1. In a nationally representative sample of children age 2 to 21 years old, over a third of patients with mental health conditions saw a primary care physician (PCP) for care and medications. More children with attention-deficit/hyperactivity disorder (ADHD) saw their PCP for care compared to those with anxiety/mood disorder.
2. PCPs were more likely to prescribe medications for ADHD, and anxiety/mood disorders, than psychiatrists.
Evidence Rating Level: 2 (Good)
Study Rundown: Approximately 12% of US children and youth have a diagnosis of ADHD, depression, or anxiety, while only half receive appropriate mental health care. To address this deficiency in care, the American Academy of Pediatrics (AAP) has encouraged PCPs to play a more active role in managing the mental health care needs of these patients. This study is the first to use a nationally representative sample to evaluate the context in which children and young adults with mental health diagnoses are managed. From 2008 through 2011, slightly over one third of children went to their PCP for mental health care, while about a quarter went to a psychiatrist. A greater proportion of children with ADHD were cared for solely by a PCP, compared to children with anxiety/mood disorders. Children with ADHD who saw their PCP were more likely to be prescribed medication than children who saw a psychiatrist for the same condition. Enhancing the availability of education and resources on diagnosing and treating mental health conditions for PCPs would be a worthwhile endeavor in the context of these findings. While this study emphasizes the need for such efforts, it is limited by the inherent recall bias within the data collection methods.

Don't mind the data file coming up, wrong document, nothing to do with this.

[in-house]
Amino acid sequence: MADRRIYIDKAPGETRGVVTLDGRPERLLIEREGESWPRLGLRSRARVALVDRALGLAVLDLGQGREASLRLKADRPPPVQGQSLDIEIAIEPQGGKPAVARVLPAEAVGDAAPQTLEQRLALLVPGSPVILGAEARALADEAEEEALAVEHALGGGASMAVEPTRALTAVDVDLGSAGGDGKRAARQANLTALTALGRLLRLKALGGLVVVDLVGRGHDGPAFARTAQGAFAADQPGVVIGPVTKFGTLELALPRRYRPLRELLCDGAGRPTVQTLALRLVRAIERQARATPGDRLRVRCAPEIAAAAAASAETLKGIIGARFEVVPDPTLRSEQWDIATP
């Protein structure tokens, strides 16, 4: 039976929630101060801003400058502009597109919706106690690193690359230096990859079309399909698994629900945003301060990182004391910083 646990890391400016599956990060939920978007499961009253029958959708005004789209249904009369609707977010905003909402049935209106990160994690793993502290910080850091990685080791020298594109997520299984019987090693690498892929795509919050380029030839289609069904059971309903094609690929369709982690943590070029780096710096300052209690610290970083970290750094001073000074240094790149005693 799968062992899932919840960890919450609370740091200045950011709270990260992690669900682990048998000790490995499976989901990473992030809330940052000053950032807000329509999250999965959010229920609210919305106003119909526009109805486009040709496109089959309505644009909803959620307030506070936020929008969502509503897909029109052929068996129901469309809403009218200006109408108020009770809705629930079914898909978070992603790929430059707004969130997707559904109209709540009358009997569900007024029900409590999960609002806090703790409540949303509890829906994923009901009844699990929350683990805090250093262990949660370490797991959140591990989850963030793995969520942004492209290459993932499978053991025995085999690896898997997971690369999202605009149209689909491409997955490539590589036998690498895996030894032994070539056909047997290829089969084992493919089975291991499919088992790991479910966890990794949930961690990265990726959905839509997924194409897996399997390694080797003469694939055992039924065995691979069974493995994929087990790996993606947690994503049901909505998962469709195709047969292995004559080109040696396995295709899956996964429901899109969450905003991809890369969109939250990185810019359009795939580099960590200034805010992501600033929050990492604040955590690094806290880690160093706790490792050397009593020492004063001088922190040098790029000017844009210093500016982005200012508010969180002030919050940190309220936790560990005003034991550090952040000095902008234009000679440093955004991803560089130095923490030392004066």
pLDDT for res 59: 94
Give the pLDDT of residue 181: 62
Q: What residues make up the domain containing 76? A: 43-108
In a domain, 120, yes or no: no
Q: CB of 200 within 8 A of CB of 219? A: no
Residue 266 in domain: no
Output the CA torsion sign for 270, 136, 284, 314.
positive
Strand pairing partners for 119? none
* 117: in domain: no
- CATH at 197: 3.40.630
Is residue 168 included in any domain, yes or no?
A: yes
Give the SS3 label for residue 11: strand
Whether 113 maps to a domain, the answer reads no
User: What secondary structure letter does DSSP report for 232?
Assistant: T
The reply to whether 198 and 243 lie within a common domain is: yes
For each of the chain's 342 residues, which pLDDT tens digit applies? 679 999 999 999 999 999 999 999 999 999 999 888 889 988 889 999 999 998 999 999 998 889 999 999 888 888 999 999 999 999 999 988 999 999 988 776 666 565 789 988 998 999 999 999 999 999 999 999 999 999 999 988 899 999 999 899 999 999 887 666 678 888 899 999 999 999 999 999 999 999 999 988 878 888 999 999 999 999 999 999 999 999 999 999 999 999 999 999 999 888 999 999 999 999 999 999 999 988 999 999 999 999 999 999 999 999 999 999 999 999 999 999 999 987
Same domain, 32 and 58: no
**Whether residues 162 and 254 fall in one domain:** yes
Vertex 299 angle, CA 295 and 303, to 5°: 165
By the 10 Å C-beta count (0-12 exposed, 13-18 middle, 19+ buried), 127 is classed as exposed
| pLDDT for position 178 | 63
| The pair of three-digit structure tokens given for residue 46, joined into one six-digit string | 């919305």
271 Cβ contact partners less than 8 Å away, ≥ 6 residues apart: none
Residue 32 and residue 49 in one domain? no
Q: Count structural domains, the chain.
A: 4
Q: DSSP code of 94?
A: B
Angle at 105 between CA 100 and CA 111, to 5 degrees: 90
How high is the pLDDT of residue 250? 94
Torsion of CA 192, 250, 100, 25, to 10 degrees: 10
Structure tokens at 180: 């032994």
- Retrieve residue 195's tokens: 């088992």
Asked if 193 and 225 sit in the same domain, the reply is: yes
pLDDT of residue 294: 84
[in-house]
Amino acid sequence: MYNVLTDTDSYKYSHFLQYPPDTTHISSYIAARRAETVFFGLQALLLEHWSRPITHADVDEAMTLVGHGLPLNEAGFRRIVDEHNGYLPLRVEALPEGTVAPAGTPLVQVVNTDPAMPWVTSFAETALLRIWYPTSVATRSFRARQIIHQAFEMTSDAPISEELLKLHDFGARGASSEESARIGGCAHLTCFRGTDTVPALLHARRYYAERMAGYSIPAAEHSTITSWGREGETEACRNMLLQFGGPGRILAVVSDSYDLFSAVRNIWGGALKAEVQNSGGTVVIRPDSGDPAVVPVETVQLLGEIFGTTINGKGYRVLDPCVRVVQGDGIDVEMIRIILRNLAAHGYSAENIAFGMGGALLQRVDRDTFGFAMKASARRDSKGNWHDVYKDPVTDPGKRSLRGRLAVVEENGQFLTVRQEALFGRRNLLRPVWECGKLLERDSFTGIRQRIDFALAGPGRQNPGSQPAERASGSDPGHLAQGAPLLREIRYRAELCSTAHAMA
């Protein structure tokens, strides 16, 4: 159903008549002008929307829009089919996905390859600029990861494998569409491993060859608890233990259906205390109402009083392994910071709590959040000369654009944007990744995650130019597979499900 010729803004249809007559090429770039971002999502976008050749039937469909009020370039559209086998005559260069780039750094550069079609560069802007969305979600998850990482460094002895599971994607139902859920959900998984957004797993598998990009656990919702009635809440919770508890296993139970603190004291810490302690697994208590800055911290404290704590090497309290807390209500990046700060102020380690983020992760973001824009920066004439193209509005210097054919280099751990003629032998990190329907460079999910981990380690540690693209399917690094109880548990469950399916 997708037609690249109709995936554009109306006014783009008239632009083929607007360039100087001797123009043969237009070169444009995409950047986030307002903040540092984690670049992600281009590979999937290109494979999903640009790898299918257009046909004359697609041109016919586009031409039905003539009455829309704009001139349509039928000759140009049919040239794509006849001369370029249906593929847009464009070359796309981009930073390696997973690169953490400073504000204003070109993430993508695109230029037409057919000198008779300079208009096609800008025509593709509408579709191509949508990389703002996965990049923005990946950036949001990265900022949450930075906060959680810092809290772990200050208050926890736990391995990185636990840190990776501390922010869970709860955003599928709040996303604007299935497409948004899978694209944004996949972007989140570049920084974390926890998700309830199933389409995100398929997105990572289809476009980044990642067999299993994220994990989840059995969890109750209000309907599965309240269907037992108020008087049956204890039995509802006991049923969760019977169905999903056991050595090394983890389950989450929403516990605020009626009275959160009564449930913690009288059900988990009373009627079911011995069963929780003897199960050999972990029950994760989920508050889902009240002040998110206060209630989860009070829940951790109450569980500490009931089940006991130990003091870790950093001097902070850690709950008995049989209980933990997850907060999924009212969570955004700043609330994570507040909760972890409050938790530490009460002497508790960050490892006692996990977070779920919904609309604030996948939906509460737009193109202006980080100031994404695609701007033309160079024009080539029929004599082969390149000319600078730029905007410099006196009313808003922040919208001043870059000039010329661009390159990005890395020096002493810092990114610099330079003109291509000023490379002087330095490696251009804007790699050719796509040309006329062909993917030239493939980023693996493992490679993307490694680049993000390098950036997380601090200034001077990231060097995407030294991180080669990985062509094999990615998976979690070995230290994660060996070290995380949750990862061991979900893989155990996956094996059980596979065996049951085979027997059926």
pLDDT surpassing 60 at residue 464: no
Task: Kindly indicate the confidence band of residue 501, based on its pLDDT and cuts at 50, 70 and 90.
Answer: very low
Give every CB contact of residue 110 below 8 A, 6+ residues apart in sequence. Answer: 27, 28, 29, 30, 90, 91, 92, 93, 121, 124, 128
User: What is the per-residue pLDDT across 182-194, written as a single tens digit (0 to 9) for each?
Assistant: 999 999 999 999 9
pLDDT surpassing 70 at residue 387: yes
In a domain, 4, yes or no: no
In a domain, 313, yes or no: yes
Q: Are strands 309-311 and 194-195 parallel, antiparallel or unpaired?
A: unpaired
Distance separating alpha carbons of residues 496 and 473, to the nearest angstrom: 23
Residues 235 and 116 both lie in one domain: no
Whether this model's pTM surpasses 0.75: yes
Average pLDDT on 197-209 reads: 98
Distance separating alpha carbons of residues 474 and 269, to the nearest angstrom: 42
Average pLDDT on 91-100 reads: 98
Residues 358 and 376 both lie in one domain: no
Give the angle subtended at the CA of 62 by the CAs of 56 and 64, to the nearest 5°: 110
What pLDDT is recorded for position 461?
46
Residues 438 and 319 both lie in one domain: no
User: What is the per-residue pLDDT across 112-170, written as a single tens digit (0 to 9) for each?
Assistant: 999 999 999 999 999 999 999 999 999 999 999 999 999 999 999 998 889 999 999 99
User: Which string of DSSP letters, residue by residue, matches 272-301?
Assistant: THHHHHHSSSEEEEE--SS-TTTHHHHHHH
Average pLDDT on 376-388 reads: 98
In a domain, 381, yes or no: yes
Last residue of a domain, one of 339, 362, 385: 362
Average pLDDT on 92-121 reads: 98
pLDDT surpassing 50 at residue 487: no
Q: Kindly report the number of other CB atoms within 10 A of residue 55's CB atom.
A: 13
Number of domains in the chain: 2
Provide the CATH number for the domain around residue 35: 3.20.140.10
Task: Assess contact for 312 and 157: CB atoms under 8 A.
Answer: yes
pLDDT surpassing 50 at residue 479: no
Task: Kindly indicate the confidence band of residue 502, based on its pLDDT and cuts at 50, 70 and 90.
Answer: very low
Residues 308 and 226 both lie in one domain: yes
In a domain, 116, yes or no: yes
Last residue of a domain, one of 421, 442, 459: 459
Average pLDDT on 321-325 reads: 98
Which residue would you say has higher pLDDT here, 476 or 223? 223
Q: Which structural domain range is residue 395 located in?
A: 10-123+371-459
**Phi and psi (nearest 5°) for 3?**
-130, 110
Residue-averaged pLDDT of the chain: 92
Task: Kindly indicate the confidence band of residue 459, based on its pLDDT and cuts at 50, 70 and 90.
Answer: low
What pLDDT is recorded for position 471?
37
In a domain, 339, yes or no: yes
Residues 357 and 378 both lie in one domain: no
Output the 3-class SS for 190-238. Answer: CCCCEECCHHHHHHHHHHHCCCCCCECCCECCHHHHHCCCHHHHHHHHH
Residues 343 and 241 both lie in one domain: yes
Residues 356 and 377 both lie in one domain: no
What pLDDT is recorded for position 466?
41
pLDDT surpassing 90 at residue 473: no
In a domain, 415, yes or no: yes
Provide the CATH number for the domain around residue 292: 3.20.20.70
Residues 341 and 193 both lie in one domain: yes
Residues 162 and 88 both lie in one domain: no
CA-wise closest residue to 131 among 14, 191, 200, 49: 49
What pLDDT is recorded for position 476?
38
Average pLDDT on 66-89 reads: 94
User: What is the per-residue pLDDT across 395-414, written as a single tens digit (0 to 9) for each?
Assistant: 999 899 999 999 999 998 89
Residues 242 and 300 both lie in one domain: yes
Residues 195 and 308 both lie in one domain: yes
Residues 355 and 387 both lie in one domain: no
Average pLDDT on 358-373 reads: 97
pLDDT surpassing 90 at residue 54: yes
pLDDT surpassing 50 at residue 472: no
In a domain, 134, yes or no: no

Study Author, Dr. Jeanne Van cleave, MD, FRCPC, talks to 2 Minute Medicine: University of British Columbia, Medical Director, Thrombosis Program, Associate Professor of Medicine, Division of Hematology.
“As medical students and residents are considering a variety of careers, pediatric primary care and child psychiatry are options. This study provides an overview of outpatient mental health care for children and adolescents in the US, and emphasizes the substantial role primary care pediatrics plays in treating children with mental health conditions. It speaks to need for future primary care physicians and psychiatrists to be receptive to collaborating with each other to care for this population.”
In-Depth [retrospective cohort study]: This study used nationally representative data on children and young adults 2 to 21 years old, from the Medical Expenditure Panel Survey between the years 2008 through 2011. Of the sample (n = 43 235), 5.2% of subjects had a mental health condition-related outpatient visit. Among the subjects with mental health conditions, 34.8% saw a PCP only, 26.2% saw a psychiatrist only, 15.2% saw a psychologist/social worker for their issue. Morehildren with ADHD saw a PCP only, compared to children with anxiety/mood disorder (41.8% vs 17.2%, respectively). Significantly more children with ADHD were prescribed medications such as stimulants or alpha-agonists when seen by their PCP for management, compared to those who saw a psychiatrist (73.7% vs 61.4%, p = 0.02). Though not statistically significant, greater proportion of children seeing their PCP for anxiety/mood disorder were prescribed medication compared with those seeing a psychiatrist only (59.7% vs 45.9%).
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